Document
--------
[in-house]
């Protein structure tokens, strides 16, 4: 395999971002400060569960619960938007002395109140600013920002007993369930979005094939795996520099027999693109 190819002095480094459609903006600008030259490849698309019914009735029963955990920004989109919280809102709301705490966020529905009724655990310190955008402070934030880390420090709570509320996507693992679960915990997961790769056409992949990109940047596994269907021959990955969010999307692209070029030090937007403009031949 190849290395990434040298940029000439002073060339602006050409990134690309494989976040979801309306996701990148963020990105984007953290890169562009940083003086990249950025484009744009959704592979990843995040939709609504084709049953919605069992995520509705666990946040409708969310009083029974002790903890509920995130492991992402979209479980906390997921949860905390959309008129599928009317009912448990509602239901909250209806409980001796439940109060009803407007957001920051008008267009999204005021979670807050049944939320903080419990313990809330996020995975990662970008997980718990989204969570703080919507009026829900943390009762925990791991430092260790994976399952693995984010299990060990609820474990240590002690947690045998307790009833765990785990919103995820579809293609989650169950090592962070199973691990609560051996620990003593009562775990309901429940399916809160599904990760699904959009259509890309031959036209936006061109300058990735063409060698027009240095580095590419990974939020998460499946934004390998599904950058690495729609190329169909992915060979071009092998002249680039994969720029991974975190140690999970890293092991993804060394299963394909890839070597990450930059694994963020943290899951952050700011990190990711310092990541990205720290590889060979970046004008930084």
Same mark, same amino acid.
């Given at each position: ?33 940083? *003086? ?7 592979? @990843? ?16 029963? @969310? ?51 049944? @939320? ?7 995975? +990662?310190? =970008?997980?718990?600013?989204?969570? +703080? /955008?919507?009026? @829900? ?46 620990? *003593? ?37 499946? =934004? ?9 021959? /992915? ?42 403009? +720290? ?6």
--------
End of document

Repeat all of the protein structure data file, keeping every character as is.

[in-house]
């Protein structure tokens, strides 16, 4: 395999971002400060569960619960938007002395109140600013920002007993369930979005094939795996520099027999693109 190819002095480094459609903006600008030259490849698309019914009735029963955990920004989109919280809102709301705490966020529905009724655990310190955008402070934030880390420090709570509320996507693992679960915990997961790769056409992949990109940047596994269907021959990955969010999307692209070029030090937007403009031949 190849290395990434040298940029000439002073060339602006050409990134690309494989976040979801309306996701990148963020990105984007953290890169562009940083003086990249950025484009744009959704592979990843995040939709609504084709049953919605069992995520509705666990946040409708969310009083029974002790903890509920995130492991992402979209479980906390997921949860905390959309008129599928009317009912448990509602239901909250209806409980001796439940109060009803407007957001920051008008267009999204005021979670807050049944939320903080419990313990809330996020995975990662970008997980718990989204969570703080919507009026829900943390009762925990791991430092260790994976399952693995984010299990060990609820474990240590002690947690045998307790009833765990785990919103995820579809293609989650169950090592962070199973691990609560051996620990003593009562775990309901429940399916809160599904990760699904959009259509890309031959036209936006061109300058990735063409060698027009240095580095590419990974939020998460499946934004390998599904950058690495729609190329169909992915060979071009092998002249680039994969720029991974975190140690999970890293092991993804060394299963394909890839070597990450930059694994963020943290899951952050700011990190990711310092990541990205720290590889060979970046004008930084």
Same mark, same amino acid.
């Given at each position: ?33 940083? *003086? ?7 592979? @990843? ?16 029963? @969310? ?51 049944? @939320? ?7 995975? +990662?310190? =970008?997980?718990?600013?989204?969570? +703080? /955008?919507?009026? @829900? ?46 620990? *003593? ?37 499946? =934004? ?9 021959? /992915? ?42 403009? +720290? ?6």